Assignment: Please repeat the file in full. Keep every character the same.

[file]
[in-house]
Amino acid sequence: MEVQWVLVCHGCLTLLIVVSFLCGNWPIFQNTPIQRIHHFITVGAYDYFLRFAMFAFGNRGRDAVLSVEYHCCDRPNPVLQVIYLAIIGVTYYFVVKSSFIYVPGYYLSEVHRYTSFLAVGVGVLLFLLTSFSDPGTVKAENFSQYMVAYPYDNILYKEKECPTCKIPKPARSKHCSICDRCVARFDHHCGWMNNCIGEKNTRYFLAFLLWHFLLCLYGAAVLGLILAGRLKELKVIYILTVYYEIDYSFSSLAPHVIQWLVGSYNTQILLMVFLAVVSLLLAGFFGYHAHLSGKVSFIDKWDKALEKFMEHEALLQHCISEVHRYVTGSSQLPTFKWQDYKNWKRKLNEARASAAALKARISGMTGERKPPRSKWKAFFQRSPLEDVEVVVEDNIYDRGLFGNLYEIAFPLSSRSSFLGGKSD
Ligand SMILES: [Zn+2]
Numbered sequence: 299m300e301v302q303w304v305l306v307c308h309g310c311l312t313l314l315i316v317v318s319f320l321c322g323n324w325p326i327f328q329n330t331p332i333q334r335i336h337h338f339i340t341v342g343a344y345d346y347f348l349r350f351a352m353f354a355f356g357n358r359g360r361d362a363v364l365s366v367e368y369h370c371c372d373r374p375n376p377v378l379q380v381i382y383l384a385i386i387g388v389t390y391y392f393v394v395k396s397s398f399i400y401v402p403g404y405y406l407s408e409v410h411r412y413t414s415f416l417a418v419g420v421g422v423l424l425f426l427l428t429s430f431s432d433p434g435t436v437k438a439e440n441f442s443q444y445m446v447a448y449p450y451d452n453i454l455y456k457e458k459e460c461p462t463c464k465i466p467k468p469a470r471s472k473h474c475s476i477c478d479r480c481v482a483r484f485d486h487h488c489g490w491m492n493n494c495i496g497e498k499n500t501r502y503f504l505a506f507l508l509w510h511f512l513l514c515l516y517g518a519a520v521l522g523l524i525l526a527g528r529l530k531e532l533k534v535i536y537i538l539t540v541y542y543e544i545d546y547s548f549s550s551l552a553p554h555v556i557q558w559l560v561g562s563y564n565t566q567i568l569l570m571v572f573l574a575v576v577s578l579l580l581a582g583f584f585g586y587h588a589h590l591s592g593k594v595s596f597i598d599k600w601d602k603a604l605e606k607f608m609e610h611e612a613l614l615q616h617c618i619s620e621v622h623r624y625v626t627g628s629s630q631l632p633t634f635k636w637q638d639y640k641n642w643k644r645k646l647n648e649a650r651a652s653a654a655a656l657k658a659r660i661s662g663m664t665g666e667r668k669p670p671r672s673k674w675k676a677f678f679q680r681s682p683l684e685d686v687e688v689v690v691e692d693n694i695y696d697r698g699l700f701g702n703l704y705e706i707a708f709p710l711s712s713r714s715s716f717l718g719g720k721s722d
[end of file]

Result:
[in-house]
Amino acid sequence: MEVQWVLVCHGCLTLLIVVSFLCGNWPIFQNTPIQRIHHFITVGAYDYFLRFAMFAFGNRGRDAVLSVEYHCCDRPNPVLQVIYLAIIGVTYYFVVKSSFIYVPGYYLSEVHRYTSFLAVGVGVLLFLLTSFSDPGTVKAENFSQYMVAYPYDNILYKEKECPTCKIPKPARSKHCSICDRCVARFDHHCGWMNNCIGEKNTRYFLAFLLWHFLLCLYGAAVLGLILAGRLKELKVIYILTVYYEIDYSFSSLAPHVIQWLVGSYNTQILLMVFLAVVSLLLAGFFGYHAHLSGKVSFIDKWDKALEKFMEHEALLQHCISEVHRYVTGSSQLPTFKWQDYKNWKRKLNEARASAAALKARISGMTGERKPPRSKWKAFFQRSPLEDVEVVVEDNIYDRGLFGNLYEIAFPLSSRSSFLGGKSD
Ligand SMILES: [Zn+2]
Numbered sequence: 299m300e301v302q303w304v305l306v307c308h309g310c311l312t313l314l315i316v317v318s319f320l321c322g323n324w325p326i327f328q329n330t331p332i333q334r335i336h337h338f339i340t341v342g343a344y345d346y347f348l349r350f351a352m353f354a355f356g357n358r359g360r361d362a363v364l365s366v367e368y369h370c371c372d373r374p375n376p377v378l379q380v381i382y383l384a385i386i387g388v389t390y391y392f393v394v395k396s397s398f399i400y401v402p403g404y405y406l407s408e409v410h411r412y413t414s415f416l417a418v419g420v421g422v423l424l425f426l427l428t429s430f431s432d433p434g435t436v437k438a439e440n441f442s443q444y445m446v447a448y449p450y451d452n453i454l455y456k457e458k459e460c461p462t463c464k465i466p467k468p469a470r471s472k473h474c475s476i477c478d479r480c481v482a483r484f485d486h487h488c489g490w491m492n493n494c495i496g497e498k499n500t501r502y503f504l505a506f507l508l509w510h511f512l513l514c515l516y517g518a519a520v521l522g523l524i525l526a527g528r529l530k531e532l533k534v535i536y537i538l539t540v541y542y543e544i545d546y547s548f549s550s551l552a553p554h555v556i557q558w559l560v561g562s563y564n565t566q567i568l569l570m571v572f573l574a575v576v577s578l579l580l581a582g583f584f585g586y587h588a589h590l591s592g593k594v595s596f597i598d599k600w601d602k603a604l605e606k607f608m609e610h611e612a613l614l615q616h617c618i619s620e621v622h623r624y625v626t627g628s629s630q631l632p633t634f635k636w637q638d639y640k641n642w643k644r645k646l647n648e649a650r651a652s653a654a655a656l657k658a659r660i661s662g663m664t665g666e667r668k669p670p671r672s673k674w675k676a677f678f679q680r681s682p683l684e685d686v687e688v689v690v691e692d693n694i695y696d697r698g699l700f701g702n703l704y705e706i707a708f709p710l711s712s713r714s715s716f717l718g719g720k721s722d